Shifter 764 receives data from jump block 758 (via adder 706, FIG. 10C) and shifts the received data three placed to the right. Shifter 764 sends the shifted data to multiplexor 782. Shifter 766 receives data from jump block 760 (via adder 698, FIG. 10C) and shifts the received data two places to the right. Shifter 766 sends the shifted data to multiplexor 784. Shifter 768 receives data from jump block 762 (from adder 726, FIG. 10C) and shifts the received data three places to the right. Shifter 768 sends the shifted data to multiplexor 786.

As discussed above, multiplexor 782 receives data from shifter 764 and adder 782, as well as multiplexor 780. Multiplexor 782 selects a result from this data and sends the selected result to multiplexor 790. Similarly, multiplexor 784 receives data from shifter 766, as well as data multiplexor 780 and data from multiplexor 776. Multiplexor 776 receives p1, q1, and data from “not” component 802. Multiplexor 784 sends a selected result to multiplexor 798. Multiplexor 786 receives data from shifter 768, as well as data from multiplexor 780 and data from multiplexor 778. Multiplexor 778 receives p2, q2, and data from not component 802. Multiplexor 786 sends selected data to multiplexor 800.

Multiplexor 790 receives data from multiplexor 782, as discussed above. Additionally, multiplexor 790 receives data from jump block 772 (via SAT component 638, FIG. 10B), as well as data from multiplexor 794. Multiplexor 794 receives p0, q0, and data from not component 802. Multiplexor 790 also receives bSn & nfilterSampleFlag data as select input. Multiplexor 790 sends selected data to buffers 808 and 810. Similarly, multiplexor 798 receives data from multiplexor 784 and jump block 755 (via multiplexor 674, FIG. 10B). Additionally, multiplexor 798 receives data from multiplexor 792 and select input bSn & nfilterSampleFlag data. Multiplexor 792 receives p1, q1, as well as data from not component 802. Multiplexor 798 sends data to buffers 806 and 812. Similarly, multiplexor 800 receives data from multiplexor 786 and receives bSn & nfilterSampleFlag data as select input. Additionally, multiplexor 800 receives data from multiplexor 788. Multiplexor 788 receives p2, q2, and data from not component 802. Multiplexor 800 selects a desired data and sends the data to buffers 806 and 814. Buffers 804-814 also receive data from not component 802 and send data to p2, p1, p0, q0, q1, and q2, respectively.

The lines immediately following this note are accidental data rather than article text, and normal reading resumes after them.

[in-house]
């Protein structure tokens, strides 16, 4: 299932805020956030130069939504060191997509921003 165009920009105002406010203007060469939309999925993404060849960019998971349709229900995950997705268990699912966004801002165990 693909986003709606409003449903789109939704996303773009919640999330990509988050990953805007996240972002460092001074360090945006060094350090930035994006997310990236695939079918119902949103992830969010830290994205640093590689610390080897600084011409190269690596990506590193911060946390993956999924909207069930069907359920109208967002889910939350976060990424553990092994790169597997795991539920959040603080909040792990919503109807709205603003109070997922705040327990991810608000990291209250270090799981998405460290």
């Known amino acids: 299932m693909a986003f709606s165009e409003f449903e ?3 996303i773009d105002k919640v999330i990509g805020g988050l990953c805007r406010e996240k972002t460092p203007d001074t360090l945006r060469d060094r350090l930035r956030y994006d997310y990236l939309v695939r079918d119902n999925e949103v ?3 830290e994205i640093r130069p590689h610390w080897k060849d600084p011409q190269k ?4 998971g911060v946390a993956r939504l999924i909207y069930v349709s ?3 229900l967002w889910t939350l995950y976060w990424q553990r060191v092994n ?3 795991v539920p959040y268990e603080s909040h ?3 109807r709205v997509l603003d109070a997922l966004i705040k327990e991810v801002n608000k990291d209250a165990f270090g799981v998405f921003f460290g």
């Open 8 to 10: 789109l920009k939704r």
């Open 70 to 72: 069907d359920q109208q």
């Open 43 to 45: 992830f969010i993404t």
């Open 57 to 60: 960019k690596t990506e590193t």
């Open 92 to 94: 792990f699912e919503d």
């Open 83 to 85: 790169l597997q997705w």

FIG. 11 is a flowchart illustrating an exemplary embodiment of a process that may be utilized in executing data in a computing architecture, such as the computing architecture from FIG. 2. As illustrated in the nonlimiting example of FIG. 10, from output cross bar 144 (FIG. 2), data is received at Texture Address Generator—TAG (odd) block 880 and tag (even) block 882 (see also 150 from FIG. 2). An address is generated for the received data and the process receives to Texture Cache and Controller (TCC) 884, 886 (see also FIG. 2, 166).

Data may then be sent to cache 890, as well as Texture Filter First In First Out (TFF) 888, 892, which may be configured to act as a latency queue/buffer. Data is then sent to Texture Filter Unit at blocks 894, 896 (see also FIG. 2, 168). Upon filtering the data, TFU, sends data to a VPU 898, 900 (see also FIG. 2, 199). Depending on whether instructions call for motion compensation filtering, Texture Cache Filtering, Inter-Deblocking Filtering, and/or Sum of Absolute Differences, the data may be sent to different VPUs and/or different portions of the same VPU. After processing the received data, VPUs 898, 900 may send the data to output for input crossbar 902, 904 (see also FIG. 2, 142).

The embodiments disclosed herein can be implemented in hardware, software, firmware, or a combination thereof. At least one embodiment, disclosed herein is implemented in software and/or firmware that is stored in a memory and that is executed by a suitable instruction execution system. If implemented in hardware, as in an alternative embodiment embodiments disclosed herein can be implemented with any or a combination of the following technologies: a discrete logic circuit(s) having logic gates for implementing logic functions upon data signals, an application specific integrated circuit (ASIC) having appropriate combinational logic gates, a programmable gate array(s) (PGA), a field programmable gate array (FPGA), etc.